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RE: XML 1.0 is simple. was: RE: almost four years ago....
- From: "Bullard, Claude L (Len)" <email@example.com>
- To: Jonathan Borden <firstname.lastname@example.org>,"Williams, David" <DAVID.WILLIAMS@ca.com>, email@example.com
- Date: Fri, 15 Jun 2001 09:07:27 -0500
I agree, but the problem is, was that the question
being asked? XML 1.0 remains a simple well-formed
file and an optional DTD. The rest is applications
of that then used in a system to work with the system
components (editors, parsers, validators, link managers,
inference engines, protocol engines, scripting engines,
transform engines and so forth). So one can say one has mastered XML
and be about as apt as having learned to write
and the claim is almost as vacuous. That bit of buffoonery
where we throw a twenty page spec to the floor and
announce a miracle while turning our backs to the
horned animal waiting to charge only hurts us. It
gets us articles like the one from Kendall that have
to de-mythologize that miracle and say, "well, we had
to sell it first." It's true but caveat emptor becomes
caveat vendor rather quickly.
So the honest answer is, no. XML is not easy to learn,
no XML is not simpler than SGML, no we did not make
anyone's job simpler except for the individual writing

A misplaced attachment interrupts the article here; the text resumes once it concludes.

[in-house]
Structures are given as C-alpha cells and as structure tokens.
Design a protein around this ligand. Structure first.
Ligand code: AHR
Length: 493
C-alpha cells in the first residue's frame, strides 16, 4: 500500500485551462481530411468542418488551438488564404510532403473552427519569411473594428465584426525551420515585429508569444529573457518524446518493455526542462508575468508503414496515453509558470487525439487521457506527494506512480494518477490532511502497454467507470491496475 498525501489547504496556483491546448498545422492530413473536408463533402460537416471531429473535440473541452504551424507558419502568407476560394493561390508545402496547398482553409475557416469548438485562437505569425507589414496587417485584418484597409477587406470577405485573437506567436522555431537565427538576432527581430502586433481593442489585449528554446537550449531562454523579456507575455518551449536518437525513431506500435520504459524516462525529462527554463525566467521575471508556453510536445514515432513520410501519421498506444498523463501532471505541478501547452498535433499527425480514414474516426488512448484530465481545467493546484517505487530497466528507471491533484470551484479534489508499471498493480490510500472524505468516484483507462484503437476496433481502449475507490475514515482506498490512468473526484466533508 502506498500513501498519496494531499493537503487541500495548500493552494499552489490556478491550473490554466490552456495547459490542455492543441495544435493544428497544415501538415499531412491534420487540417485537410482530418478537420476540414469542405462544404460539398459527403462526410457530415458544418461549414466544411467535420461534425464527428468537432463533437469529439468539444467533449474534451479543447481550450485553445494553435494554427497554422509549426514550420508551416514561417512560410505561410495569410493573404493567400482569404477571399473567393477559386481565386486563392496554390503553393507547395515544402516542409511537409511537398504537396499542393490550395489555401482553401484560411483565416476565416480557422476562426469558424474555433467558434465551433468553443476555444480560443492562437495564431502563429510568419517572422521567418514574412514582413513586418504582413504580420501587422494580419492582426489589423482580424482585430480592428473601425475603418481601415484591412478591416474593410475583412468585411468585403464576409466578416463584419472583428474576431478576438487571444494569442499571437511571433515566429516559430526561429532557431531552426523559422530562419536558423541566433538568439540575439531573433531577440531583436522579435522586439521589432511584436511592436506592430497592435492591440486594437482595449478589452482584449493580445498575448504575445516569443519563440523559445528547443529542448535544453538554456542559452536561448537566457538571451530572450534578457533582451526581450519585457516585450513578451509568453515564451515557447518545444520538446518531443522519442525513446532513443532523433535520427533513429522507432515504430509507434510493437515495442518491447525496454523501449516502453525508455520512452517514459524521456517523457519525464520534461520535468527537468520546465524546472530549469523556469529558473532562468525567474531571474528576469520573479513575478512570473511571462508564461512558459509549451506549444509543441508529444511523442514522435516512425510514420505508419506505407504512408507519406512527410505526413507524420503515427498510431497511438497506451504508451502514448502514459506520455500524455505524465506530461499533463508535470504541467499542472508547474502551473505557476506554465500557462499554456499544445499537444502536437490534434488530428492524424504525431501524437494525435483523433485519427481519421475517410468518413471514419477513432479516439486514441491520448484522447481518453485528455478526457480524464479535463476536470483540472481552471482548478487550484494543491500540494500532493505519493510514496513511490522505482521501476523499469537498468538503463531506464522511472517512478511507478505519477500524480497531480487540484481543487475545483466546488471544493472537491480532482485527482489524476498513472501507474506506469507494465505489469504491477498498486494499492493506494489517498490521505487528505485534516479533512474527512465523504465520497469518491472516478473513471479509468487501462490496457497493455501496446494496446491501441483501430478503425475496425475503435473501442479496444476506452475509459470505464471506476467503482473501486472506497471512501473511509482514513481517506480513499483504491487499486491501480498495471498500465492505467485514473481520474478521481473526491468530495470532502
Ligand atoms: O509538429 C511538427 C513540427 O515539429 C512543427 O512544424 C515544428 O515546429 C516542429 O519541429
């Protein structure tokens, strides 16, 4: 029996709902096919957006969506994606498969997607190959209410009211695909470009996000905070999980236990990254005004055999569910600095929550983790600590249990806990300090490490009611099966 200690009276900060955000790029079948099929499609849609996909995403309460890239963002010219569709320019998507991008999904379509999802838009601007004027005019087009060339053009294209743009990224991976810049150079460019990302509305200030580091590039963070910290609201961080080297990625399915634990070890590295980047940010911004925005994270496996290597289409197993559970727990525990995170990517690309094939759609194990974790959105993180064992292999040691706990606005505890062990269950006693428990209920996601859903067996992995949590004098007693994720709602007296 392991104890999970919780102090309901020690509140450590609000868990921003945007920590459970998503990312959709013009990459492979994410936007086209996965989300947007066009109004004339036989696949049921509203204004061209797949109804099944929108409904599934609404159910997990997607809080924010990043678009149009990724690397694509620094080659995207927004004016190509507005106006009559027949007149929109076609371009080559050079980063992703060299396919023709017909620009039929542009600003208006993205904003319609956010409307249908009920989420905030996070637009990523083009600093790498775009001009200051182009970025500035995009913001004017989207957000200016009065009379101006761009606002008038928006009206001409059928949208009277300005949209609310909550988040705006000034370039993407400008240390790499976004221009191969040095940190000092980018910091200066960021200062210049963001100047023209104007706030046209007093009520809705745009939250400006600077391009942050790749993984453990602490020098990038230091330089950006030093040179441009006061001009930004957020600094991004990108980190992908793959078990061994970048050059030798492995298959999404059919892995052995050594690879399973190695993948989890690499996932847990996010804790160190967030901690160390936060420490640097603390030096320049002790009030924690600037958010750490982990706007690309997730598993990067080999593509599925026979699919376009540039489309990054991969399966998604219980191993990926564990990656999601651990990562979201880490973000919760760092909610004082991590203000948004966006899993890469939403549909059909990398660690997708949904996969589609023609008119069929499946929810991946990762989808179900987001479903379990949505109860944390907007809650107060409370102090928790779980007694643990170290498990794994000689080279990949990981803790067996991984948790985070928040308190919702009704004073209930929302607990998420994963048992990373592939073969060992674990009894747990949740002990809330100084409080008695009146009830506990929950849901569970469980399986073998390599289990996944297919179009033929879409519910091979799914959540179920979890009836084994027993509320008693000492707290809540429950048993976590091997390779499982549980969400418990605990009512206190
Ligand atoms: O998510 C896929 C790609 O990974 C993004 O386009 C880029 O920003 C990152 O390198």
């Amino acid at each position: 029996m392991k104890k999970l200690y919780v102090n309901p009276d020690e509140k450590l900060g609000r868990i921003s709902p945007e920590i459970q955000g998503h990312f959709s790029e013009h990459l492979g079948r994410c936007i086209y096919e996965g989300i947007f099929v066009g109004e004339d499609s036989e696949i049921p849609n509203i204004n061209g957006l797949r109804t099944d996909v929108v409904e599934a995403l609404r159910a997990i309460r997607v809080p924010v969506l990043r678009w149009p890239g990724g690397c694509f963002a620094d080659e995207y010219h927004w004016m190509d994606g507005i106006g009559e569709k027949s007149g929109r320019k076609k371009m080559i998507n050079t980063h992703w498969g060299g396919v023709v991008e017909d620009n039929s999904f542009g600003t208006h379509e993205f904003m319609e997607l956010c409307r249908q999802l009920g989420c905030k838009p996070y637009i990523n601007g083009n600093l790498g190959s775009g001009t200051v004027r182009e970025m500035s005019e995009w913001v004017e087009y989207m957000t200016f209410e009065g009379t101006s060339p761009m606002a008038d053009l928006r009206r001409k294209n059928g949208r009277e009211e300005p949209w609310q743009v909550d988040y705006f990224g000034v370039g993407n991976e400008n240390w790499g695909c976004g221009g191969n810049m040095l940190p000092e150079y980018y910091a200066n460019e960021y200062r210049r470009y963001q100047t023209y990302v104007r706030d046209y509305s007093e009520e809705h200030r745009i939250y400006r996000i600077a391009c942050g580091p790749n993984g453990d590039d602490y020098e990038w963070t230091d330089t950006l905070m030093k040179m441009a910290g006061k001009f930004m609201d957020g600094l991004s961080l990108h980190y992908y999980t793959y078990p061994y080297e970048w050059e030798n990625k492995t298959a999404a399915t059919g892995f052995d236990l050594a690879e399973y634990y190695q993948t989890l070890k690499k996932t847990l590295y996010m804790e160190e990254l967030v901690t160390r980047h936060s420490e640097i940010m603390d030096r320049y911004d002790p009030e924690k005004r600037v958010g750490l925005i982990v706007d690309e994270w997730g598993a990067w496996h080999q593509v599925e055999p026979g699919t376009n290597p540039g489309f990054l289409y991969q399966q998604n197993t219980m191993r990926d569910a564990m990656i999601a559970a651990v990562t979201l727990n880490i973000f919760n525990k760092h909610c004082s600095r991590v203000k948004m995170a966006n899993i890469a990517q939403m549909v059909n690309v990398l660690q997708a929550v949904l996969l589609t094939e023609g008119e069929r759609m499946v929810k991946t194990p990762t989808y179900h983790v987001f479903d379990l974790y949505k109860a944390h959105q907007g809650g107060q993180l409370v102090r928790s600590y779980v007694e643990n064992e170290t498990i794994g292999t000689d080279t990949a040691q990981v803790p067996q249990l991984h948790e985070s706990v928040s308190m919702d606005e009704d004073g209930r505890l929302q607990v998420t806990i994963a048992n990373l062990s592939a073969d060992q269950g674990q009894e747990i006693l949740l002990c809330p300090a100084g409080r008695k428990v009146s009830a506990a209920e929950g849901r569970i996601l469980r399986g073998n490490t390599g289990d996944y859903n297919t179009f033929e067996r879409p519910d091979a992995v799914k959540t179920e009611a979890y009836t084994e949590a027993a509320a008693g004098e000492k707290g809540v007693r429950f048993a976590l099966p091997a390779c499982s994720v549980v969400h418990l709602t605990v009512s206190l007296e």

the parser and since so few do that, the benefits are
nil. The only benefit is that SGML is now in use on
the web in a subset form and that is a real benefit
over the endless and incompatible extensions to HTML.
In short, we cleaned up the mess we knew we had to
clean up after the last round of rhetoric about simplicity,
"shining moments of clarity" and all the other BS that
was filling the stable.
What the XMLers have to accept is that it refills every
night and the river has to keep flowing through it
every day to keep it clean. The job is Herculean.
Ekam sat.h, Vipraah bahudhaa vadanti.
Daamyata. Datta. Dayadhvam.h
From: Jonathan Borden [mailto:firstname.lastname@example.org]
> XML 1.0 is.
This is the key point. Here is XML -- XML is itself simple. It _enables_ you
to be simple, but if you want to be complicated, go ahead.
Perhaps we should stop talking about the family of specs surrounding XML as
if they _are_ XML itself. That is to say, defining "XML in totality" is akin
to defining binary logic (simple) and defining the latest multiGHz Pentium
IV with a gazillion gates _as_ part of "binary logic in totality".